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Man fined for crashing drone over police operation in Melbourne

A man has been fined for flying a drone over police during a nine-hour siege in Melbourne after the remotely piloted aircraft hit power lines and almost injured police below.

Image by Don McCullough, CC BY 2.0

A man in Melbourne, Australia has been fined AU$850 after crashing a recreational drone over a police operation and coming close to injuring one of the police officers on the ground.

During a nine-hour police siege in south-west Melbourne the man was flying a "recreational drone" above police before it crashed into power lines and fell to the ground, "narrowly" missing one of the police officers involved in the stand-off below, according to the Civil Aviation Safety Authority.

The fine was issued by CASA which regulates the use of drones (referred to as Remotely Piloted Aircraft or RPAs by the authority). In this incident, the man was fined for bringing the RPA within 30 metres of people, a contravention of regulations surrounding drone use.

While CASA does not require drone users to carry a permit for flying, it does stipulate a number of rules relating to use including, "keeping drones more than 30 metres from people at all times, not flying over crowds or gatherings of people, not causing a hazard to aircraft and having the drone in line of sight at all times".

According to CASA Director of Aviation Safety, Terry Farquharson, the rules are in place to prevent accidents and injuries when members of the public use drones.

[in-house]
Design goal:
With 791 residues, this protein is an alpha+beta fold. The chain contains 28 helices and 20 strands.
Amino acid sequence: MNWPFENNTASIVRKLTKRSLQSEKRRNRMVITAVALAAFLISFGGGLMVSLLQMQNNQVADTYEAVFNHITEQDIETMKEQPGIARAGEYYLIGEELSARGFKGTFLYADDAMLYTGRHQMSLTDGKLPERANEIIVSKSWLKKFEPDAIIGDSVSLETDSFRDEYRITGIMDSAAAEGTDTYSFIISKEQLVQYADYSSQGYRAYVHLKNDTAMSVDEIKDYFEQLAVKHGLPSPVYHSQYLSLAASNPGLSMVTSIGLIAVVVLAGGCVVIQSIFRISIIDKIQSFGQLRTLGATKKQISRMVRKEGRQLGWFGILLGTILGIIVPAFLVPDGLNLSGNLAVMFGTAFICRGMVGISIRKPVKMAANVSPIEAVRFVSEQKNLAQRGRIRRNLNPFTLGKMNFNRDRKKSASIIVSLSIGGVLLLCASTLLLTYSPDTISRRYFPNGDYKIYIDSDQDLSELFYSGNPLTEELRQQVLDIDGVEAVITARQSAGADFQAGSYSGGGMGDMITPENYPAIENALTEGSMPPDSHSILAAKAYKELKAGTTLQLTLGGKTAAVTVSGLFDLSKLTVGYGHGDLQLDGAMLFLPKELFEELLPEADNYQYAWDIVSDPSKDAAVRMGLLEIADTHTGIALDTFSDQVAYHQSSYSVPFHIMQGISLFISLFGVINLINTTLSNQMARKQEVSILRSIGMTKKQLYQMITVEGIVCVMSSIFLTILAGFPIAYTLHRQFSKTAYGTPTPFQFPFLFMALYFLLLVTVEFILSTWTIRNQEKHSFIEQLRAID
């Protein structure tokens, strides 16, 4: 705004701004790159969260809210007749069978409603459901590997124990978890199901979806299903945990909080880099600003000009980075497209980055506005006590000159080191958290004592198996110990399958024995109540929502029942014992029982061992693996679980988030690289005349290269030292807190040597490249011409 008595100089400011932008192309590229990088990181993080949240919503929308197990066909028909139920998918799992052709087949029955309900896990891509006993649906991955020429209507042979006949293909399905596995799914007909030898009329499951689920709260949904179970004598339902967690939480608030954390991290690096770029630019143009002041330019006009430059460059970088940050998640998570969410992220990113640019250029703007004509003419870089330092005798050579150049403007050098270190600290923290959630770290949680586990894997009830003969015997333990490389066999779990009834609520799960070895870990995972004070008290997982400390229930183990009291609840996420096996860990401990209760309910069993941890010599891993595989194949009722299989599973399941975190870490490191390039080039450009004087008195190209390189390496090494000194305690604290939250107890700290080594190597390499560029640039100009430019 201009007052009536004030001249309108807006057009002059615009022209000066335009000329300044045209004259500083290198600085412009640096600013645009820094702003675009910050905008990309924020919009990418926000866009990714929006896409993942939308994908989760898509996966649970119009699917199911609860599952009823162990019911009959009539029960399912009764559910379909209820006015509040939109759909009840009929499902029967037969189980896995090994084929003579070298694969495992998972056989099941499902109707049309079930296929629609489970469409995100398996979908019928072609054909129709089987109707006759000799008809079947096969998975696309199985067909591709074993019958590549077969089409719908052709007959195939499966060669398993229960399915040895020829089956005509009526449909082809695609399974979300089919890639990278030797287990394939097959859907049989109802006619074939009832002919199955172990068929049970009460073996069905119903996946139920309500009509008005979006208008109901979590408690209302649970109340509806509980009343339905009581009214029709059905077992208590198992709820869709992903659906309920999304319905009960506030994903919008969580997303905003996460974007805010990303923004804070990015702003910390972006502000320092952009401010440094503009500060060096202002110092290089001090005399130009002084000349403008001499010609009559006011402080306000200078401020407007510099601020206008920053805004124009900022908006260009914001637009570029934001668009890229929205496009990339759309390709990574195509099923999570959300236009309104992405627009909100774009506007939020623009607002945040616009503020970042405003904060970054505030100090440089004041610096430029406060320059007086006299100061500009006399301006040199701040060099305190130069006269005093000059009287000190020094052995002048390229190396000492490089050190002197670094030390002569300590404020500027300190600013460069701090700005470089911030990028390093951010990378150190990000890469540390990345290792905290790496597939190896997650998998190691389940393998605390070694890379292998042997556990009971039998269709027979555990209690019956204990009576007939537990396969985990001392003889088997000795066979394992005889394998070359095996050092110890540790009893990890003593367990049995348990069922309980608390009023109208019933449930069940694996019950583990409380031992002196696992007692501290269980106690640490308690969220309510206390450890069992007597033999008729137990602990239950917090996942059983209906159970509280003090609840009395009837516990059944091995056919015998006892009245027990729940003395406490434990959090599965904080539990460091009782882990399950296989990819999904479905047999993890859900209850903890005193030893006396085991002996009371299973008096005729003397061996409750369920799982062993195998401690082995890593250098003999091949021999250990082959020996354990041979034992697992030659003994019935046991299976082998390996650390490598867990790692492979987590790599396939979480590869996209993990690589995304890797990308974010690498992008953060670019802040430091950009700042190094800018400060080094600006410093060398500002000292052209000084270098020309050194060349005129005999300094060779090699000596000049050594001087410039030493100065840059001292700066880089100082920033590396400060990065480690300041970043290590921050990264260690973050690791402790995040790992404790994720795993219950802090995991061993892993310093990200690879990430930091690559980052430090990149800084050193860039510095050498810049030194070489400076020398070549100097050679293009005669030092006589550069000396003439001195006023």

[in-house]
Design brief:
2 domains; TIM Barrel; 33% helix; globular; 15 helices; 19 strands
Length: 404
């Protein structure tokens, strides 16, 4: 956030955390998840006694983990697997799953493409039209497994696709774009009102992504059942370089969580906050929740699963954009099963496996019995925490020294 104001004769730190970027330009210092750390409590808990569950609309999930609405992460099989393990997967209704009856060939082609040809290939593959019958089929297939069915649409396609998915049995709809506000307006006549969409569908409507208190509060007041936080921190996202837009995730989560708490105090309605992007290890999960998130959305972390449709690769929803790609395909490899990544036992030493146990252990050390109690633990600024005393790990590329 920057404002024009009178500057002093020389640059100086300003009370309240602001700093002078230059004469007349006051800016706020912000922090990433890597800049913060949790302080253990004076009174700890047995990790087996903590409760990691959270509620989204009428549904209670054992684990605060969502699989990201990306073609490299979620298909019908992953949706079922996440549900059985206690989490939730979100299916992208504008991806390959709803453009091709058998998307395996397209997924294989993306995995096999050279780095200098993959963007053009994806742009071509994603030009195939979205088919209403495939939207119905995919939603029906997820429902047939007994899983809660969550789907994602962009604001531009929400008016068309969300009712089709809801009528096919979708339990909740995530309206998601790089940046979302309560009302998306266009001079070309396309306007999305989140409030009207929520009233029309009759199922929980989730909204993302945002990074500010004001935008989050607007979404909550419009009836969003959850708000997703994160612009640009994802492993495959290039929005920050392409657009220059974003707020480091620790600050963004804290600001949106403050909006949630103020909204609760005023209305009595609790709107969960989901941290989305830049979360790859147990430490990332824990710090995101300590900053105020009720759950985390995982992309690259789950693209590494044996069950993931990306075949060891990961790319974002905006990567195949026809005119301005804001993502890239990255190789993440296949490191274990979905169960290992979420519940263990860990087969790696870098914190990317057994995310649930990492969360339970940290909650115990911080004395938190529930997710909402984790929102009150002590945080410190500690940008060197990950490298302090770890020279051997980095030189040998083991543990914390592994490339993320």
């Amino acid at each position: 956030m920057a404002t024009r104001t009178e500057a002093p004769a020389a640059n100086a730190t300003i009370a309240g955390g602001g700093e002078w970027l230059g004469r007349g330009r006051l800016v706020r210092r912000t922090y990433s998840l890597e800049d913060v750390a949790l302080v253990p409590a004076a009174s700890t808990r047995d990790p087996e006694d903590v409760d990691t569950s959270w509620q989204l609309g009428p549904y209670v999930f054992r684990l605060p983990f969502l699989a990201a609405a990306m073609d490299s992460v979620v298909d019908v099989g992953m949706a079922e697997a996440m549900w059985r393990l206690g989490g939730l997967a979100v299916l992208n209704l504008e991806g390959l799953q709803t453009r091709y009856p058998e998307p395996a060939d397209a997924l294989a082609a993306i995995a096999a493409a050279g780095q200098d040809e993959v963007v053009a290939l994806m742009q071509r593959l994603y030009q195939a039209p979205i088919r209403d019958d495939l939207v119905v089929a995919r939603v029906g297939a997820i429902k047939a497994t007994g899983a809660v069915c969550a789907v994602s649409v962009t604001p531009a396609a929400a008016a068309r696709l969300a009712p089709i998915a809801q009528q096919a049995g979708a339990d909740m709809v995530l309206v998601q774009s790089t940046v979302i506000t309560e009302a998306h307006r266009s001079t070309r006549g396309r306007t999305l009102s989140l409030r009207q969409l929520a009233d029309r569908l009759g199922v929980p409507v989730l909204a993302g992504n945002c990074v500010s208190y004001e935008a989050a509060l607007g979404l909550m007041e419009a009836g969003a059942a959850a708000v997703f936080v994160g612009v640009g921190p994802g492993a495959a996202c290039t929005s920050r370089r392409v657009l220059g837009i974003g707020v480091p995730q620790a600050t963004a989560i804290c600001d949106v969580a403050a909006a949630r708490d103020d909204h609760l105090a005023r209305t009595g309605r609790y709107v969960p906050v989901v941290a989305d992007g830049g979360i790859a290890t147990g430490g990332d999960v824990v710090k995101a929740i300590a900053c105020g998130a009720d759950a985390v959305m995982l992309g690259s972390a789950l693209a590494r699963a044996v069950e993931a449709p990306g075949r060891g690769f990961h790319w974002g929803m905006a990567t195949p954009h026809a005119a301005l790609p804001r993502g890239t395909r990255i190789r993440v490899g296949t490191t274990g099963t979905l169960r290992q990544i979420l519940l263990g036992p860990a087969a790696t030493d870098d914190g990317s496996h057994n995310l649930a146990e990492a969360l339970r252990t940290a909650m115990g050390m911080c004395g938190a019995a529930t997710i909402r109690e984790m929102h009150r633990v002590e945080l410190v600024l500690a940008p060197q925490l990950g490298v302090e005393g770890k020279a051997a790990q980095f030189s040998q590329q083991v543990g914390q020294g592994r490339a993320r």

"People who fly drones have a responsibility to know the safety rules and to follow them," he said. "The rules are simple but very important as they keep people safe. If you break the safety rules and CASA has evidence we will investigate and we will take the appropriate action, which may include penalties."

The drone crash follows a similar incident in April this year when a triathlete was injured during a race in Western Australia after a drone filming the event malfunctioned and crashed into her head.

Drone use in Australia is becoming a bigger issue as public use becomes more ubiquitous, with fire fighters calling for drones to be restricted from bush fire areas for safety reasons, and a parliamentary committee warning that Australians face increasing invasions of privacy due to the growing popularity of the remotely piloted aircraft.